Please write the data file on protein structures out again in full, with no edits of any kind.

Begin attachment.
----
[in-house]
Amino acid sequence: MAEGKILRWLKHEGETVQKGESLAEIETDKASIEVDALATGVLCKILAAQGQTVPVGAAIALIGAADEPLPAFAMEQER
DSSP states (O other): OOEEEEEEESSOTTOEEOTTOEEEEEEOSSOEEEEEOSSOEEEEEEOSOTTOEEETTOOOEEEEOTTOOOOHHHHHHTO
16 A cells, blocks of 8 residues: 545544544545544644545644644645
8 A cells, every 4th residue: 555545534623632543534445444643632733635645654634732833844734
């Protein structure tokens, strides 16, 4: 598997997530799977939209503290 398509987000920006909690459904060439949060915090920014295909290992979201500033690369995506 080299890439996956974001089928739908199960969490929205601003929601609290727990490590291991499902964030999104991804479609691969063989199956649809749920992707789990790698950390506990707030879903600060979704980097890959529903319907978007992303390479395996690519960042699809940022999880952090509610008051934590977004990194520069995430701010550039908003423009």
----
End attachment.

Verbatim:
[in-house]
Amino acid sequence: MAEGKILRWLKHEGETVQKGESLAEIETDKASIEVDALATGVLCKILAAQGQTVPVGAAIALIGAADEPLPAFAMEQER
DSSP states (O other): OOEEEEEEESSOTTOEEOTTOEEEEEEOSSOEEEEEOSSOEEEEEEOSOTTOEEETTOOOEEEEOTTOOOOHHHHHHTO
16 A cells, blocks of 8 residues: 545544544545544644545644644645
8 A cells, every 4th residue: 555545534623632543534445444643632733635645654634732833844734
């Protein structure tokens, strides 16, 4: 598997997530799977939209503290 398509987000920006909690459904060439949060915090920014295909290992979201500033690369995506 080299890439996956974001089928739908199960969490929205601003929601609290727990490590291991499902964030999104991804479609691969063989199956649809749920992707789990790698950390506990707030879903600060979704980097890959529903319907978007992303390479395996690519960042699809940022999880952090509610008051934590977004990194520069995430701010550039908003423009």